The camera's burst mode is capable of capturing at 3.2 frames per second, with focus and exposure set with the first shot. It can shoot until your memory card fills up, though, which is nice; competing cameras have a burst limit and make you wait while images are stored before you can shoot again. The camera also has a high-speed burst mode that can shoot 3-megapixel photos at up to 8.2fps. The results are very good compared with similar modes on other cameras I've tested, suitable for small prints and definitely for Web use. However, with the exception of continuous shooting, its performance is just a bit too slow for active kids and pets. You'll get something, but it probably won't be the shot you were trying for. Add in any delay caused by using the touch screen and you could have a frustrating experience shooting anything in motion.
The design of the 500 HS is very similar to Canon's last touch-screen camera, the SD3500 IS. There's only a handful of physical controls; power, play, and shutter release buttons; a zoom ring around the shutter release; and the aforementioned shooting mode switch on the top of the body. Everything else is handled with the touch interface.
The screen is fairly responsive and can be calibrated to your touch, but the interface itself can be a little trying at times to navigate. For example, when navigating the option lists in the main menu system, instead of using simple up and down arrows, you drag the lists with your finger. This would be fine if it operated smoothly, but it doesn't, and if you use the right side of the screen you may accidentally change settings to boot. Also, some shooting options require a double tap to select them while others need you to "OK" the change and still others need you to select and then hit a return arrow. If you're considering this camera for its shutter and aperture controls, changes are done with onscreen sliders, which can be frustrating if you're used to the fast dials of a dSLR. For learning or playing with on occasion, they should be fine. However, when changing the aperture it doesn't show you the effect on shutter speed or vice versa.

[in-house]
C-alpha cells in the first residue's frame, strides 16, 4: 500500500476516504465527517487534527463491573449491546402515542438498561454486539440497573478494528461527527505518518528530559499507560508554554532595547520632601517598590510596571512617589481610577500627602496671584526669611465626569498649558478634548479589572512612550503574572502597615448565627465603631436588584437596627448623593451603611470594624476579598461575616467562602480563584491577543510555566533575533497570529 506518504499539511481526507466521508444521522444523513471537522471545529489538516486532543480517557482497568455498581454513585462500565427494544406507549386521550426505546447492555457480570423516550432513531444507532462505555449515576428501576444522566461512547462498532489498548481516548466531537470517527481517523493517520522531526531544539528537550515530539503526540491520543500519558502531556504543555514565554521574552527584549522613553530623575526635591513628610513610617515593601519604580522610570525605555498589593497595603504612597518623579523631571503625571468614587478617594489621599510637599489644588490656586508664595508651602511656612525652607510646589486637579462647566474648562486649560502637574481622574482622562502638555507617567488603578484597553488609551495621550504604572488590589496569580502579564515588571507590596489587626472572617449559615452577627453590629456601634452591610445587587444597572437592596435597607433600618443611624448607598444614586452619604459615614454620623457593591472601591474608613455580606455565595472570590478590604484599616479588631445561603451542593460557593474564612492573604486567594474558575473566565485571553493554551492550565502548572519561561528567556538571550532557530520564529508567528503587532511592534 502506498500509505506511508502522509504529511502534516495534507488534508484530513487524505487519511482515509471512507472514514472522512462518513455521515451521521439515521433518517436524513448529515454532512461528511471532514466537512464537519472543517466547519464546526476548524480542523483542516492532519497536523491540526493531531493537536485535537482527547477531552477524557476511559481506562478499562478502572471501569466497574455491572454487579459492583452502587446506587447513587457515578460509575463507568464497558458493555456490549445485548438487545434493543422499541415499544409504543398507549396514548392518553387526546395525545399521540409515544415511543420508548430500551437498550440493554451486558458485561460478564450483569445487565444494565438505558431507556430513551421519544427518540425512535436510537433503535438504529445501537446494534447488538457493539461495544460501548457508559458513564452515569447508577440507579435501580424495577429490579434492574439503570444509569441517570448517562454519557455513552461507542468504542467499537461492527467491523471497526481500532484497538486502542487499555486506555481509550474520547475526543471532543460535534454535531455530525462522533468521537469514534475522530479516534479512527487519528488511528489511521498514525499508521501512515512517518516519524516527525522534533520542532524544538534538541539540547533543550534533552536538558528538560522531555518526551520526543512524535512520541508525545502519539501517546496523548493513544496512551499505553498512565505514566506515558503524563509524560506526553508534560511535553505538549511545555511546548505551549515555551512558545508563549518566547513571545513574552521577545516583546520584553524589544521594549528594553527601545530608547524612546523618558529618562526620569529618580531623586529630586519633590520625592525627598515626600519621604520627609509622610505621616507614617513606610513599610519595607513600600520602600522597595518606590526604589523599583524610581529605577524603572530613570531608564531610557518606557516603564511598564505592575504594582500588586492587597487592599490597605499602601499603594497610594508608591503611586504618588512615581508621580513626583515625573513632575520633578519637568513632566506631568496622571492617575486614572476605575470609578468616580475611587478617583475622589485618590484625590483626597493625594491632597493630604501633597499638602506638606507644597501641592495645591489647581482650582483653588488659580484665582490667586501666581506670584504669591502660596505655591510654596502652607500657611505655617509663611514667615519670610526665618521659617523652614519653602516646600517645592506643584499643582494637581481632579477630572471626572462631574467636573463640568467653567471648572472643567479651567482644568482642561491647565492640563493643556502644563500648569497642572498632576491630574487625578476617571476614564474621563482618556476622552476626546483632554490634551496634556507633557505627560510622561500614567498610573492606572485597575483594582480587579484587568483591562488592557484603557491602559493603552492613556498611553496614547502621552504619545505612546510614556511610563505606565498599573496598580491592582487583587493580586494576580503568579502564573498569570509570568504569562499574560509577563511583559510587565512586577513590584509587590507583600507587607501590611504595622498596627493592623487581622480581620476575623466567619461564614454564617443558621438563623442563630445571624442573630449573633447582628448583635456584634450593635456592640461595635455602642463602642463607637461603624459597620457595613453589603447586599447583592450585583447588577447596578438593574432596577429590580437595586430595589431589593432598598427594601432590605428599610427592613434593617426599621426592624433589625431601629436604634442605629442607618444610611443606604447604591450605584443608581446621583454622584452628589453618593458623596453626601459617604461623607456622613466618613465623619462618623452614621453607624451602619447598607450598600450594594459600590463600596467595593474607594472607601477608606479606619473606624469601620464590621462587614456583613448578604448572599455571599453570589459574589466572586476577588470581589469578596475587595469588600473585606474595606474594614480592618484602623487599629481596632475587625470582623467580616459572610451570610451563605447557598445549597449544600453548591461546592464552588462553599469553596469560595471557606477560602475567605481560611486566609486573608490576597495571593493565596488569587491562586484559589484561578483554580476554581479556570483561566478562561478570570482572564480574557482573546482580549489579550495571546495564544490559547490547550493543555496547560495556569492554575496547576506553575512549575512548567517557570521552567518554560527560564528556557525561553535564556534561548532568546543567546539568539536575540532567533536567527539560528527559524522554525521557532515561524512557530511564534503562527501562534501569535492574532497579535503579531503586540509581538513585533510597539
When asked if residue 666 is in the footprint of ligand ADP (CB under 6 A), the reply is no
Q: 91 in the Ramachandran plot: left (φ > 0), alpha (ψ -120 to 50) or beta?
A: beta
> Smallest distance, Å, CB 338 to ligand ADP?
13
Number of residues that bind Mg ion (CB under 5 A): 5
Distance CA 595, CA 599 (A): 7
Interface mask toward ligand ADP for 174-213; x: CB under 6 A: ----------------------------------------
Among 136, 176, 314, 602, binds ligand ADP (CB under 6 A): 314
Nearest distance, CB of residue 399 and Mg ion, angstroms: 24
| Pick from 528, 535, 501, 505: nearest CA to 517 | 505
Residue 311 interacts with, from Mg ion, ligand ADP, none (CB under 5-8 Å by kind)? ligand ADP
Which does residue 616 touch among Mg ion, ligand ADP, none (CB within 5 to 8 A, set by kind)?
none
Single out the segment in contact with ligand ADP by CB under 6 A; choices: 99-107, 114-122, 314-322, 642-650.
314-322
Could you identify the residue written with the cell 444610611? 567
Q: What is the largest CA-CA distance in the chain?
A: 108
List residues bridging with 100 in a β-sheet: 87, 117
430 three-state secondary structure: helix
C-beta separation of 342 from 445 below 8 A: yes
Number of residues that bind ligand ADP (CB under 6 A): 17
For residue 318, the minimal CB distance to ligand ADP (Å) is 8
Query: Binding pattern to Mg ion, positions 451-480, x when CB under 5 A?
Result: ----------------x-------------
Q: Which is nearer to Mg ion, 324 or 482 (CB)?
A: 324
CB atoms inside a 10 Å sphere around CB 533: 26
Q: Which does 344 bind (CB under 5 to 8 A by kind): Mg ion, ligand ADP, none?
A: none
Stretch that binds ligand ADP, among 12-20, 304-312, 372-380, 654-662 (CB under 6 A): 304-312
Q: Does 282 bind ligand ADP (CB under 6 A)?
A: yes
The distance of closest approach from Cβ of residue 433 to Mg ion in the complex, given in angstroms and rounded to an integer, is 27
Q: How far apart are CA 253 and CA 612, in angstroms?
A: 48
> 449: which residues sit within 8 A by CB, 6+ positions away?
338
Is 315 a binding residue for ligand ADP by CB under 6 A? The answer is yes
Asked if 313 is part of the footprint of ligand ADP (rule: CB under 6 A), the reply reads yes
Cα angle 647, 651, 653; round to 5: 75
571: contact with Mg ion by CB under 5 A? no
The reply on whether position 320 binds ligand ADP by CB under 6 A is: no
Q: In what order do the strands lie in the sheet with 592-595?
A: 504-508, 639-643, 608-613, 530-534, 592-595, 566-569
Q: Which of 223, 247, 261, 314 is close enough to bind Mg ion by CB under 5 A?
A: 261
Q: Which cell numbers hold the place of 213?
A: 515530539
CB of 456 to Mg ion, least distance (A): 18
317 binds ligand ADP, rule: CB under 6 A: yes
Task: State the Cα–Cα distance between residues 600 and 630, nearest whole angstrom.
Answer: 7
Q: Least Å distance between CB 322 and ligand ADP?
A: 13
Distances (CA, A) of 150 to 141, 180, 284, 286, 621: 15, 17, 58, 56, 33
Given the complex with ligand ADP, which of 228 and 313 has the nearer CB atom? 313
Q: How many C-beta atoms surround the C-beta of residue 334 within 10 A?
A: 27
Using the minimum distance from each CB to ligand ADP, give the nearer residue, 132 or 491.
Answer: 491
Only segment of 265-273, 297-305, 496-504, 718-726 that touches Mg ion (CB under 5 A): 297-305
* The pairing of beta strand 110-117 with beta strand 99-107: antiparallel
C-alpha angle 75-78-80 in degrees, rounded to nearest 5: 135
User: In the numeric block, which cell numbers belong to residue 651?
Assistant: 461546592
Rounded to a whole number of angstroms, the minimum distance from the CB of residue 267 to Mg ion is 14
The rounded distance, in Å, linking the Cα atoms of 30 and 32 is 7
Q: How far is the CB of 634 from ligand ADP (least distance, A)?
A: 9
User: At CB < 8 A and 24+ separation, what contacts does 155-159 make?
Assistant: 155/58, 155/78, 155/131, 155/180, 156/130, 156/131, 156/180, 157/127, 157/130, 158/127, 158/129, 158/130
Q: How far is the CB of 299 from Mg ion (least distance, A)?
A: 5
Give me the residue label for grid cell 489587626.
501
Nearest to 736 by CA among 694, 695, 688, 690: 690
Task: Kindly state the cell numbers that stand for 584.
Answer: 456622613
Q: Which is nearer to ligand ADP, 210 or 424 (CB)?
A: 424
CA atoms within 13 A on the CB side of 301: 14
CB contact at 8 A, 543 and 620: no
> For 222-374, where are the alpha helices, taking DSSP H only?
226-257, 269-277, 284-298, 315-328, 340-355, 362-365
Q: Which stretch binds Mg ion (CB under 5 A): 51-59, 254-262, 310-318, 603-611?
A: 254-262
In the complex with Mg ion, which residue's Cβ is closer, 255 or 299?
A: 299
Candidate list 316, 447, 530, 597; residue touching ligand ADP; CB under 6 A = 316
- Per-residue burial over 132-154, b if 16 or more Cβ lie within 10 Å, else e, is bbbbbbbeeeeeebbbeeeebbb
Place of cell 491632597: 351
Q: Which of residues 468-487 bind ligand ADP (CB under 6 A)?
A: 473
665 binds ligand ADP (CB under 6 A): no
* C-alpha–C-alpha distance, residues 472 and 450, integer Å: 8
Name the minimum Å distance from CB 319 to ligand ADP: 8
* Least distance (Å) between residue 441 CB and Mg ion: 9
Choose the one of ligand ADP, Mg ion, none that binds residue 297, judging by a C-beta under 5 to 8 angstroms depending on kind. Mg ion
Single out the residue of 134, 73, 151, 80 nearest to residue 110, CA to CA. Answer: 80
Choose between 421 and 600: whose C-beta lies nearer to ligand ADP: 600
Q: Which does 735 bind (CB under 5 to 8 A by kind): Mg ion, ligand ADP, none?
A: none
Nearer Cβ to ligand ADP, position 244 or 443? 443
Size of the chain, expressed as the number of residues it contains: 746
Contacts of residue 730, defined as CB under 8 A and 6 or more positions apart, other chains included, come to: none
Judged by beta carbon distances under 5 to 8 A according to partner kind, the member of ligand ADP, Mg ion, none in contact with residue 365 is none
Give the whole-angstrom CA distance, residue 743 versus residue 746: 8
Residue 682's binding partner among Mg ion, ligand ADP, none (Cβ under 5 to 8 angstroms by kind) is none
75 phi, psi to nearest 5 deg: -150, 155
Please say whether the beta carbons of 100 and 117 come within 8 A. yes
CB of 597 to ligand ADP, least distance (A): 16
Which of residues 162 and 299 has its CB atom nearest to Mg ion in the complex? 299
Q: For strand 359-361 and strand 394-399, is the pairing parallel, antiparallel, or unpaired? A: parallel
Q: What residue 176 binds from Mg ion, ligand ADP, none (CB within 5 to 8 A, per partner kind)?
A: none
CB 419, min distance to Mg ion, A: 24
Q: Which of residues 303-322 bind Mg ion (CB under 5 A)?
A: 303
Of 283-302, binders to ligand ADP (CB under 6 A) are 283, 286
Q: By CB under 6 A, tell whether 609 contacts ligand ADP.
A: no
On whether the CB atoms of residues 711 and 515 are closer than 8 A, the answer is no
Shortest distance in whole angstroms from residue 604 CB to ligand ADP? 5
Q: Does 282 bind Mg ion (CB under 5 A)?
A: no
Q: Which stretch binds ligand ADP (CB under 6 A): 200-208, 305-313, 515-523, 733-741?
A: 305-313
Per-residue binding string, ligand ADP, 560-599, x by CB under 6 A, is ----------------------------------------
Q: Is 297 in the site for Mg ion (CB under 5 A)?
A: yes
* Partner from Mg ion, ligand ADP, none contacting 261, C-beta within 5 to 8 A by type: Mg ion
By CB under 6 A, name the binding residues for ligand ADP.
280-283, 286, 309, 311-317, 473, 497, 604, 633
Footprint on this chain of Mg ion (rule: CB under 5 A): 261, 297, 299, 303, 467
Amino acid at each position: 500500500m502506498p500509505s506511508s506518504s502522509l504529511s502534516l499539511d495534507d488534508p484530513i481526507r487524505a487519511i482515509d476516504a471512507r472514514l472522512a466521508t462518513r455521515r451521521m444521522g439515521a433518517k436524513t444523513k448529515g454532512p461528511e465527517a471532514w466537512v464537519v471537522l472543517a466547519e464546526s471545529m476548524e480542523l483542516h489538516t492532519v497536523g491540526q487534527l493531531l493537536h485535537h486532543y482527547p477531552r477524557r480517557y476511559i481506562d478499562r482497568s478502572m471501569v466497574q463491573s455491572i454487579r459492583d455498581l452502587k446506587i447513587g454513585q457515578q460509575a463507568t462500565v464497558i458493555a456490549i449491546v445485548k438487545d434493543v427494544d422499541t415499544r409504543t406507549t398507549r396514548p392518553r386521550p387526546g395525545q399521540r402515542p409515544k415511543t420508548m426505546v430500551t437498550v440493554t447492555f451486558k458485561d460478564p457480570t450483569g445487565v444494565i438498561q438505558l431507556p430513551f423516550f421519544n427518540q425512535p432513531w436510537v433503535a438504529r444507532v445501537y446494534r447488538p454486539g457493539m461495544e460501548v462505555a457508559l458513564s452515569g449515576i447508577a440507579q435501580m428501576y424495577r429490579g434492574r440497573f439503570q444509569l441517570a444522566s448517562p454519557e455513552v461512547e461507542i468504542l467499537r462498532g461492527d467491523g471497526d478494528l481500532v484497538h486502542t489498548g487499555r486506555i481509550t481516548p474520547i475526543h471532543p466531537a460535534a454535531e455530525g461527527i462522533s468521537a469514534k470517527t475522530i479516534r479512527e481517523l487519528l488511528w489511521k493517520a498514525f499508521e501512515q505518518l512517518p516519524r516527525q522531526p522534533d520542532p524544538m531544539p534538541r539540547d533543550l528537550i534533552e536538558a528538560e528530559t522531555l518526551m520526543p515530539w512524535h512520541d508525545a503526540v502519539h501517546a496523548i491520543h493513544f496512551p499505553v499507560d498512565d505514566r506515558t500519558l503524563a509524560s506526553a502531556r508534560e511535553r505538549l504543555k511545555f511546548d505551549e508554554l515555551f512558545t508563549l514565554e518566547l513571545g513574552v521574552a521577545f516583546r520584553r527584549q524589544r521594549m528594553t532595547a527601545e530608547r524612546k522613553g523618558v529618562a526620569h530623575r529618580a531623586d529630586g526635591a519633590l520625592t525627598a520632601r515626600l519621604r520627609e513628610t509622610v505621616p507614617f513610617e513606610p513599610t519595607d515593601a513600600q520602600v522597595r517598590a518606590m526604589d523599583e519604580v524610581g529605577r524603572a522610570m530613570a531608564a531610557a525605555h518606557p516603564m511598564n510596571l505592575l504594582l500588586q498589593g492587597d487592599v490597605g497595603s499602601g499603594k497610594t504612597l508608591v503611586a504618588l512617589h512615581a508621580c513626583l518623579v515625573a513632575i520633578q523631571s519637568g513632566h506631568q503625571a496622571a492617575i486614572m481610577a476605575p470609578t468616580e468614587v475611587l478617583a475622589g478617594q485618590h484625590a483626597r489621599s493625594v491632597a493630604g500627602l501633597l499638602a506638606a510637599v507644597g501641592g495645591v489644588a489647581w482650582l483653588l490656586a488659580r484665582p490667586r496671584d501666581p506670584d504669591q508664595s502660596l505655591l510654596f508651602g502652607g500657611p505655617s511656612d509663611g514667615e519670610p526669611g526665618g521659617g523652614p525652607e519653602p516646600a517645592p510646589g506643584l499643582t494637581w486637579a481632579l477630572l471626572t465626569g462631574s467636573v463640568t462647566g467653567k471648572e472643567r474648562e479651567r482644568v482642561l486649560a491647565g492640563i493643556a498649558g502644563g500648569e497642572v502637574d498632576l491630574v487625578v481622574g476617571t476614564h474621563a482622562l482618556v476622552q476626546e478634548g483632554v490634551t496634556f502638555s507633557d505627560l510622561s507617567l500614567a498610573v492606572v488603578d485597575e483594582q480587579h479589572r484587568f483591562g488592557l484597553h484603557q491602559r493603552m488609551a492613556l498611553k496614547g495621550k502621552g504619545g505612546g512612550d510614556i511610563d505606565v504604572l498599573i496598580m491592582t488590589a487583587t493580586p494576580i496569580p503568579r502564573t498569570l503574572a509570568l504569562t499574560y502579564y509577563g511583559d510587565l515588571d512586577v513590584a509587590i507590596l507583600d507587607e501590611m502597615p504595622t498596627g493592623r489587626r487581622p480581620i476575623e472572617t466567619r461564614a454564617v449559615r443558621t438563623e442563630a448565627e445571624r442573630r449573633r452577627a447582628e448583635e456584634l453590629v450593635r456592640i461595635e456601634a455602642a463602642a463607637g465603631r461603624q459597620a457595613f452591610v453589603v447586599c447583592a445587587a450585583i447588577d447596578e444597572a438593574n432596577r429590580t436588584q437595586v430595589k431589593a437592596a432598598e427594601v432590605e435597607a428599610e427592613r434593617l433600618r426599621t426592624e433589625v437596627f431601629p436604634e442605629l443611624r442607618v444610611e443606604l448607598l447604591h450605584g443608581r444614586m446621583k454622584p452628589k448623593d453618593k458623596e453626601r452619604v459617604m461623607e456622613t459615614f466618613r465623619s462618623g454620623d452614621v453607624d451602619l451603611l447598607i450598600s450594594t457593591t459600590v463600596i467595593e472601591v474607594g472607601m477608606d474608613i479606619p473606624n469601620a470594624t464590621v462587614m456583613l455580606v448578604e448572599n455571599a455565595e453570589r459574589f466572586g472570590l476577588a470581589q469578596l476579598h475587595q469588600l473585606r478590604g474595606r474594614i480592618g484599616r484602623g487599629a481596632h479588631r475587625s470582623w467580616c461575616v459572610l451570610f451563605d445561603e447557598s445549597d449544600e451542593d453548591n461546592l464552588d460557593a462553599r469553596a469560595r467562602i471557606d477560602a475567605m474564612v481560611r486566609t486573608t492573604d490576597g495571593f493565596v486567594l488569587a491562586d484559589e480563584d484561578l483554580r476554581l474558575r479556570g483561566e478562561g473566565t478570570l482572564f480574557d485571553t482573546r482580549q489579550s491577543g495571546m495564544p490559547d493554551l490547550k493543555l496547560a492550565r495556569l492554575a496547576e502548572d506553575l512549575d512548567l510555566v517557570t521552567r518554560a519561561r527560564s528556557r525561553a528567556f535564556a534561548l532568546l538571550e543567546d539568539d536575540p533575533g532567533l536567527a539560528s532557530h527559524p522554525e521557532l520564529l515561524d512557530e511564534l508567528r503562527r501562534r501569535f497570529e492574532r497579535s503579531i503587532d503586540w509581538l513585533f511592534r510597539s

There are a couple positives for the touch interface, though. Canon includes a couple options to rearrange and customize the layout, so if you want fast access to ISO or white balance, you can add those icons to your screen. One of the best uses for a touch screen is for focusing on specific subjects by tapping on them, which this Canon does. It will also track the subject, making the feature even more valuable. However, unlike many newer touch-screen cameras, you cannot tap to focus and shoot.
In Playback mode, the touch screen can be used for flipping through or scrolling between images, selecting photos to delete or mark as favorites, starting a slideshow, and magnifying a section of a photo by tapping on the part you want to see more closely.
Should you want to connect to a computer, monitor, or HDTV, there are Mini-USB and Mini-HDMI ports on the body's right side. The battery and memory card compartment is on the bottom under a nonlocking door. The battery does not charge in-camera, and that touch screen doesn't do its shot count any favors, so you'll probably find yourself opening the compartment quite a bit. Battery life is CIPA-rated for only 180 shots, but using movie capture, burst shooting, or pumping up the screen brightness will shorten life.
Canon's use of a backside-illuminated CMOS sensor and a lens with a large f2.0 aperture in the PowerShot Elph 500 HS helps deliver excellent photo quality for its class as well as relatively fast continuous shooting. The touch screen or, more specifically, its interface, is what holds this camera back. It also lacks some of the advanced shooting options found on other BSI CMOS cameras, but there's still plenty here to play with including semimanual modes. If my gripes don't bother you, it's a very good point-and-shoot.